The 150% rise in hate crimes toward Asian Americans in 2020 — combined with hundreds of years of American anti-Asian sentiment, imperialism and bigoted presidents —came to a climax last week in Georgia. In an undeniably racialized and gendered tragedy, a white man shot eight people, including six Korean women, while shouting “I am going to kill all Asians.” While I recommend that you read an article about the violence that occurred last week, honestly, I have not. I know the lead-up to that violence all too well.
Before I had ever been to the South, I was fearful of what it might be like to attend the University of Mississippi because of the racism my Filipino grandparents faced in the region. In the 1990s, when my grandparents moved to Birmingham for my Papa’s work, they showed up to Sunday mass at the Catholic Church, only to find it shuttered. They found the priest, who informed them that the KKK was scheduled to show up nearby that day.
The fact that an organization founded to terrorize Black Americans also targeted Asian Americans shows that though these groups experience racism in different ways, Black Americans and Asian Americans share a common struggle against white supremacy.
As we know all too well at this university, racism is not a relic of the past, but a present that so many choose to ignore, or even worse, cherish. Even as recently as in my parents’ lifetimes, my parents would not have been able to get married due to anti-miscegenation laws.
While working on the ASB legislation to relocate the Confederate statue, a journalist interviewed me and asked about why I worked on the initiative. To me, it meant solidarity in the removal of a white supremacist symbol that sought to oppress Black Americans, as well as other minorities in the country. When I saw the published article, it explicitly labeled me as a white activist.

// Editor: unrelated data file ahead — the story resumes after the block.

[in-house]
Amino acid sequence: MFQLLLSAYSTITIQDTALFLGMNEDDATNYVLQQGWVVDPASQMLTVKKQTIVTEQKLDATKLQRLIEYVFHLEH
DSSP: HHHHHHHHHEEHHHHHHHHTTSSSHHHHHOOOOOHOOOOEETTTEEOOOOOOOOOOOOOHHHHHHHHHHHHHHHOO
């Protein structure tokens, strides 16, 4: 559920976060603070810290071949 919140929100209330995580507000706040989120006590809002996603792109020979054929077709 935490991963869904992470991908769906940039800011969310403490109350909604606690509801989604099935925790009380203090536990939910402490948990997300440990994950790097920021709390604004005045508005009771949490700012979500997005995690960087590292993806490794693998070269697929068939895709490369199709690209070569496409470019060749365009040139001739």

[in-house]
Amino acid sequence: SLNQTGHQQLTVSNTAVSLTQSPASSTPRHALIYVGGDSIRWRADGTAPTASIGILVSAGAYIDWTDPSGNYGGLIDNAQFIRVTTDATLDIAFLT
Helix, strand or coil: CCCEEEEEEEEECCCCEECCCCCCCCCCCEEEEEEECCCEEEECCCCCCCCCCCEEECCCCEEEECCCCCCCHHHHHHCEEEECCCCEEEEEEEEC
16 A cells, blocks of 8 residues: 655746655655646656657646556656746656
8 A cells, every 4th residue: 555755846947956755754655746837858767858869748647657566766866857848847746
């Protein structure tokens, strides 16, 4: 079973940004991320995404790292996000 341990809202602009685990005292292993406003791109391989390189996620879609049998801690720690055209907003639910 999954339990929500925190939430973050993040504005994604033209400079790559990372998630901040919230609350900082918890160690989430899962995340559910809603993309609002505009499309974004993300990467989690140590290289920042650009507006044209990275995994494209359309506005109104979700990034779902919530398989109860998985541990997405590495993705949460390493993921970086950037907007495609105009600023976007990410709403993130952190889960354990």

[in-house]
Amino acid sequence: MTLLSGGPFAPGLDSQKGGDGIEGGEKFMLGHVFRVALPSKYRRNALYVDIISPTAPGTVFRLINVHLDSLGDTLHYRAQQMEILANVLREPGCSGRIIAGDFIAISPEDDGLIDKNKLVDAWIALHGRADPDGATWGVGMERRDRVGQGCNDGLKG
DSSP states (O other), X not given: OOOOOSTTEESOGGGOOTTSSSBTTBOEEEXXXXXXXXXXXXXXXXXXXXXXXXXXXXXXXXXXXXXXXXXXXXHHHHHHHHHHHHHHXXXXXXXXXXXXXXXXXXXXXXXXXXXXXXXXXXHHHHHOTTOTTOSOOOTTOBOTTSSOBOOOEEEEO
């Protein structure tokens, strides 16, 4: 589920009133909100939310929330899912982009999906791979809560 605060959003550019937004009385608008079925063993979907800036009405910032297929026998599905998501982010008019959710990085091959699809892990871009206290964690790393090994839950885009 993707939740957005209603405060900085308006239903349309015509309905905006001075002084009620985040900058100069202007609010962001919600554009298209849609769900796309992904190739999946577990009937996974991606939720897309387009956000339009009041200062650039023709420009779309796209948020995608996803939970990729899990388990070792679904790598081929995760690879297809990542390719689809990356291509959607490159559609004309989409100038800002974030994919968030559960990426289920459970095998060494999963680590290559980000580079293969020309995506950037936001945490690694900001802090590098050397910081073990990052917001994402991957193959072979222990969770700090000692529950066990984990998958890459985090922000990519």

I am white and Asian — half-Filipino American, half-German American — but what this signaled to me was not only a deliberate erasure of my identity but also my struggles as an Asian American student in the South.
I’ve had people flirt with me at my former on-campus job, asking me “Where are you from?” Unsatisfied with “St. Louis” as an answer, they continued to pester and leer asking, “No, where are you REALLY from?” I have told close friends about my heritage, only for a reproachful response of “My nanny was Filipino. Do you eat dogs, too?”
The gendered element of this violence is unignorable. While the shooter said his actions were based on his sex addiction, he clearly had fed into the violent fetishization of Asian women.
As a majority of Asian Americans live on the coasts, being Asian in the South can be an isolating experience. Being Asian and a mixed person in this environment is especially isolating to navigate, as I fall outside of the conventional Black and white racial binary. The racism that I face as an Asian American is different from that of different racial and ethnic backgrounds, but it is deeply embedded in a history of white supremacy.
The Latino husband of one of the victims was held in custody as a suspect by the same police force that labeled the real shooter as just having a “really bad day” as a white guy. People of color were reminded once again that people will do anything to silence and ignore centuries of bigotry, reducing it to individual action to treat racism as a problem of years past. Only when we embrace an understanding of racism as interconnected do we begin to move forward to dismantling the institutions and ideas that allow all forms of prejudice to exist.
Deconstruct, understand and reject your stereotypes — I am not silent; I am not submissive. But I am tired: tired of the fear that I have for my loved ones traveling alone, tired of the stereotypes inflicted on Asians, particularly Asian women, tired of hearing about half of the world’s population as a monolith and tired of having to explain why I am tired.
Katie Dames is the opinion editor from Saint Louis, Mo., majoring in international studies.